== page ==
Wednesday, 24 September 2014
Liz Wilkins runs a book blog called Liz Loves Books and this month she chose to review RICCARTON JUNCTION. Another 4* Review!
‘So in "Riccarton Junction" we meet Kikarin, a teenager recently moved to Scotland, looking to start a new part of her life and indulge herself in her interest in History - but she faces some real issues because of her background and has to deal with a lot of nasty stuff including racism. When her criminal brother turns up she faces a whole new set of problems, here is where the "Thriller" element of the tale kicks in...and I found this to be a highly enjoyable and quite clever read.
Kikarin is intriguing as a character - her interest in dying communities is an odd one but it seems to suit her perfectly and allows one of the many strands of this story to come to life, leading her into a relationship with Chris and into the path of his father. There is an eclectic mix of characters here and the many life themes woven into the narrative are handled well. When her criminal brother arrives at their new home bringing with him a wealth of danger, it is a dark and often disturbing read.
I don't want to give too much away but not all the people you will meet are exactly as they appear, there are some surprising and very clever little twists and turns to keep you on your toes and make you keep turning the pages and overall I thought this was a pretty terrific read.
There were a few subjective issues for me - perhaps some of the many sub plots could have been less or even lost altogether in order to keep the story tight, Kikarin can become annoying at times - yes I get that she is beautiful, which is oft repeated, and I could have done without knowing what she was wearing all the time. Her own attitude to her beauty and the fact that all the men "want" her can grate occasionally as well - but these slight annoyances aside she was a well rounded character and a good main protagonist.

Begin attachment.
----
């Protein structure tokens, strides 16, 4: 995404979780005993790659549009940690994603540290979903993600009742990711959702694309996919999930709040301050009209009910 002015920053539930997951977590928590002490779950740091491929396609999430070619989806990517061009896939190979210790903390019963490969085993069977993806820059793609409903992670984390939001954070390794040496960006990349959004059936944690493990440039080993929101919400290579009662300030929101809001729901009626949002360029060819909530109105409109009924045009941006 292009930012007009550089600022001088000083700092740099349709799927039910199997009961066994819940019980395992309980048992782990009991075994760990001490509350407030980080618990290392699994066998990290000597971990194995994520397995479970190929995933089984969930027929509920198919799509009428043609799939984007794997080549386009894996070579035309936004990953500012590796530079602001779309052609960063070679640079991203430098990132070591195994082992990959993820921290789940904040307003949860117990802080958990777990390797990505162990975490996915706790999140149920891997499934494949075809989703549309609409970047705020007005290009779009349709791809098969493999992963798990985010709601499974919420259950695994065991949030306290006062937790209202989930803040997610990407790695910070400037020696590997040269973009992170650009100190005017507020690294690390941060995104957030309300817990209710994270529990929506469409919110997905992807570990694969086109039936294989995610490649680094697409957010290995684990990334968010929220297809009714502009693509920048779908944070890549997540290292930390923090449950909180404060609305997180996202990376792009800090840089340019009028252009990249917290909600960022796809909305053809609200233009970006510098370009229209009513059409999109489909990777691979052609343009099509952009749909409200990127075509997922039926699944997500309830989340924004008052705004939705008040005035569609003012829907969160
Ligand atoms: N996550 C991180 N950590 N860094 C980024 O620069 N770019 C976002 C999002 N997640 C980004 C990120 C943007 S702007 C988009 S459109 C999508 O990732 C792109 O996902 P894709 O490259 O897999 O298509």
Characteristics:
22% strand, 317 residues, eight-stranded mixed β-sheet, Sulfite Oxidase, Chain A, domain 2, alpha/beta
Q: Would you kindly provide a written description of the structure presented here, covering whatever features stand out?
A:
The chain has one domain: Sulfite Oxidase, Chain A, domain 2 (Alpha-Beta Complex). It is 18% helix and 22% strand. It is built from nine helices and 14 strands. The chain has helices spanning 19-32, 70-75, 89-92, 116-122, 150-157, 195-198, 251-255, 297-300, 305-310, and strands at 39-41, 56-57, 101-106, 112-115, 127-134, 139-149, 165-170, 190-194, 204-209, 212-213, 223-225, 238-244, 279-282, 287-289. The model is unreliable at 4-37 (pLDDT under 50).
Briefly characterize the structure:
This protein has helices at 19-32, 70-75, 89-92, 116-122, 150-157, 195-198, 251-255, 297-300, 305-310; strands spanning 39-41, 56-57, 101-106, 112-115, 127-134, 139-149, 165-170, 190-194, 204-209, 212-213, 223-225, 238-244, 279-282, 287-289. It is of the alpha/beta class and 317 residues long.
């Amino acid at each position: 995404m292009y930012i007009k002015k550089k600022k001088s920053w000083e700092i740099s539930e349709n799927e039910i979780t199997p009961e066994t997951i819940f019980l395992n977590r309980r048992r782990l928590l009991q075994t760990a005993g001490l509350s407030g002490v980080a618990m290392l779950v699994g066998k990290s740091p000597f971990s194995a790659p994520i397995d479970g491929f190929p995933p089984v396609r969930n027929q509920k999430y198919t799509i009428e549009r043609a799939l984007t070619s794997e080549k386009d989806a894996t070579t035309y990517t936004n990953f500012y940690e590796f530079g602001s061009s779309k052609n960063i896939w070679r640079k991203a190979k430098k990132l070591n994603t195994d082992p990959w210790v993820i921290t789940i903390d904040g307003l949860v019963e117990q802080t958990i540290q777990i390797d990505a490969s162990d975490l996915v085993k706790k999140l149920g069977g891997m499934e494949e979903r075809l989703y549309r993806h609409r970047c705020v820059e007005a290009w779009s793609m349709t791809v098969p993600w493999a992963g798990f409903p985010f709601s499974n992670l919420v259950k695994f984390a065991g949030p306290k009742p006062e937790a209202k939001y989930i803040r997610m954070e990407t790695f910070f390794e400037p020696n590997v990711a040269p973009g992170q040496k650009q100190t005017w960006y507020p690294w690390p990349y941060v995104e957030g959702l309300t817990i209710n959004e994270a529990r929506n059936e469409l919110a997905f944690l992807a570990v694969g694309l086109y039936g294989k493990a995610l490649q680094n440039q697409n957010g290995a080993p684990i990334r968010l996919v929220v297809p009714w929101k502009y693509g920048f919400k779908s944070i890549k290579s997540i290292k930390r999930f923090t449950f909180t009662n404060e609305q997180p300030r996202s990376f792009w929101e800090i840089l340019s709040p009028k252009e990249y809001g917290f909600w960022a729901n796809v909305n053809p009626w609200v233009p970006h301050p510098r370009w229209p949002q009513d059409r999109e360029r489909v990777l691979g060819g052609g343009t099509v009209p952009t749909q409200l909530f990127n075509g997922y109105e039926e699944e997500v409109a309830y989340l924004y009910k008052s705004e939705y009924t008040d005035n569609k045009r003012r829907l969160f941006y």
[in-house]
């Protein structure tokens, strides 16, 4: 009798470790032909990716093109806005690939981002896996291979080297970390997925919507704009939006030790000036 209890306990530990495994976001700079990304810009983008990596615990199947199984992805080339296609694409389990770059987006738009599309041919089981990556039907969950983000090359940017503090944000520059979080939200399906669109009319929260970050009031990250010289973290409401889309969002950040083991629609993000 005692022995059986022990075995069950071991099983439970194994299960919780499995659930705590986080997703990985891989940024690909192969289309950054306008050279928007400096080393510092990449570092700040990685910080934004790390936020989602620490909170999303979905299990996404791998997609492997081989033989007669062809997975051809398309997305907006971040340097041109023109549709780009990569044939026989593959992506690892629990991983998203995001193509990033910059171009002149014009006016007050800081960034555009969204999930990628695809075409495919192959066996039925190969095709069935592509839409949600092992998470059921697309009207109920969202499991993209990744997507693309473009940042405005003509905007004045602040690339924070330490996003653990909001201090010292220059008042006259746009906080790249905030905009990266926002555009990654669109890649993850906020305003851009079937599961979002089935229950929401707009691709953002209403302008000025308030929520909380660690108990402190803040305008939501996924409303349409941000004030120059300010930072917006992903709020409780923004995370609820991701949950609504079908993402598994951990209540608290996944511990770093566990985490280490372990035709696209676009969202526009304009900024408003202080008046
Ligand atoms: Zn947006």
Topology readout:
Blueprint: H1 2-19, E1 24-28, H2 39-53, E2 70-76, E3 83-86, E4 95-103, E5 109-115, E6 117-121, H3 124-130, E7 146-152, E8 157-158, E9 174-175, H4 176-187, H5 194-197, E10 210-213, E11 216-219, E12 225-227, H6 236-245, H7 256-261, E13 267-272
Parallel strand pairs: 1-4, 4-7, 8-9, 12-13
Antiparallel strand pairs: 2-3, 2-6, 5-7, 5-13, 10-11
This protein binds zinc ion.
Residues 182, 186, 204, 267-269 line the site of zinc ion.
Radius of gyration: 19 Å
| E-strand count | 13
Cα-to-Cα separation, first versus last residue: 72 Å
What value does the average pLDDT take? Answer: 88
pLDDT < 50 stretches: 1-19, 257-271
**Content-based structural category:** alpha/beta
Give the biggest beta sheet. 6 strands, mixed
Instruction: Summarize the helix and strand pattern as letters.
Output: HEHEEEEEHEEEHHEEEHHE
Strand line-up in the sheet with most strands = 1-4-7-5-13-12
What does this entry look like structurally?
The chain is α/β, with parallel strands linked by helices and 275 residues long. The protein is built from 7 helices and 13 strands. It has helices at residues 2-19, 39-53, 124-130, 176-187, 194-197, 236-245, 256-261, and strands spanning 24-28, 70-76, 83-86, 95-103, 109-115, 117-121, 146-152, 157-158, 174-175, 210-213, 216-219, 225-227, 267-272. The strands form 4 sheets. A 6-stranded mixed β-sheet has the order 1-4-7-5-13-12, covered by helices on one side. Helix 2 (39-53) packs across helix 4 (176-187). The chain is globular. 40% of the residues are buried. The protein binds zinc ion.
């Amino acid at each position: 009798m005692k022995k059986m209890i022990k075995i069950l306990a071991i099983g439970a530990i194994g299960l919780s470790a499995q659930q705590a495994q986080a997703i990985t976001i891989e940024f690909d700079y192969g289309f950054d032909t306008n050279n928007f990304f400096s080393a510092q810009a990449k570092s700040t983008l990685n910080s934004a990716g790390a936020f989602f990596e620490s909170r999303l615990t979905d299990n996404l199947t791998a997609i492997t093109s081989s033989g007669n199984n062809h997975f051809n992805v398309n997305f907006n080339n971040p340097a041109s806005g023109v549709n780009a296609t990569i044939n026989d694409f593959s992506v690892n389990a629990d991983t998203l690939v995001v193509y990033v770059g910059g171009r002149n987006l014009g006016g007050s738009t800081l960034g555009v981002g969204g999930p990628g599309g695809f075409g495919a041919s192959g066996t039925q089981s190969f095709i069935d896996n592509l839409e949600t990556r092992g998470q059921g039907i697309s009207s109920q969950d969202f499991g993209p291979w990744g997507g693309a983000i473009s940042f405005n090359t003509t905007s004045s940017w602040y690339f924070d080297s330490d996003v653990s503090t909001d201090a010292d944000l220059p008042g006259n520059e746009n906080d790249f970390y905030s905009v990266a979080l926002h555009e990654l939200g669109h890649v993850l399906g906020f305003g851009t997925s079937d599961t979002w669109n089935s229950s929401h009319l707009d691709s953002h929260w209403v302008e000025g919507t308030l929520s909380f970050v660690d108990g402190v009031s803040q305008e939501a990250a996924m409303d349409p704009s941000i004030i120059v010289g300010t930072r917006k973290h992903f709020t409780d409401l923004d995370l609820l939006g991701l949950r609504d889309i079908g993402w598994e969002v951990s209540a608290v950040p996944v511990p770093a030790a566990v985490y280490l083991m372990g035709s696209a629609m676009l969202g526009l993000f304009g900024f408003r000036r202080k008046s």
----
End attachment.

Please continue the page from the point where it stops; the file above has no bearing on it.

I'm not sure what I'd call this one if pushed - it is certainly a coming of age tale for Kiri, there are some disturbing themes that will give you pause for thought. Definitely a slow burner, the tension slowly building and it is well written and flows nicely. It is one of those books that while it is by no means perfect, it is a very good read and I will be interested to see how this author develops over time.’
Thanks Liz, so glad you liked it.
Wednesday, 3 September 2014
Last week The Guardian announced that it was going to interview Haruki Murakami in Edinburgh and if anyone wanted to put a question to him, they would try and get it answered. I think they got about two hundred questions; they are here if anyone is interested. One of them is from me, ‘Have you ever lived down a well ?How long for? How deep was it?’
Bit naive really and in fact in the resume of his answers published yesterday, he doesn’t reply to any question directly, just says, ‘My lifetime dream is to live down a well!’ So there you go. At least he responded, I suppose but it wouldn’t have disturbed his Japanese inscrutability to say, ‘Yes’ or ‘No’.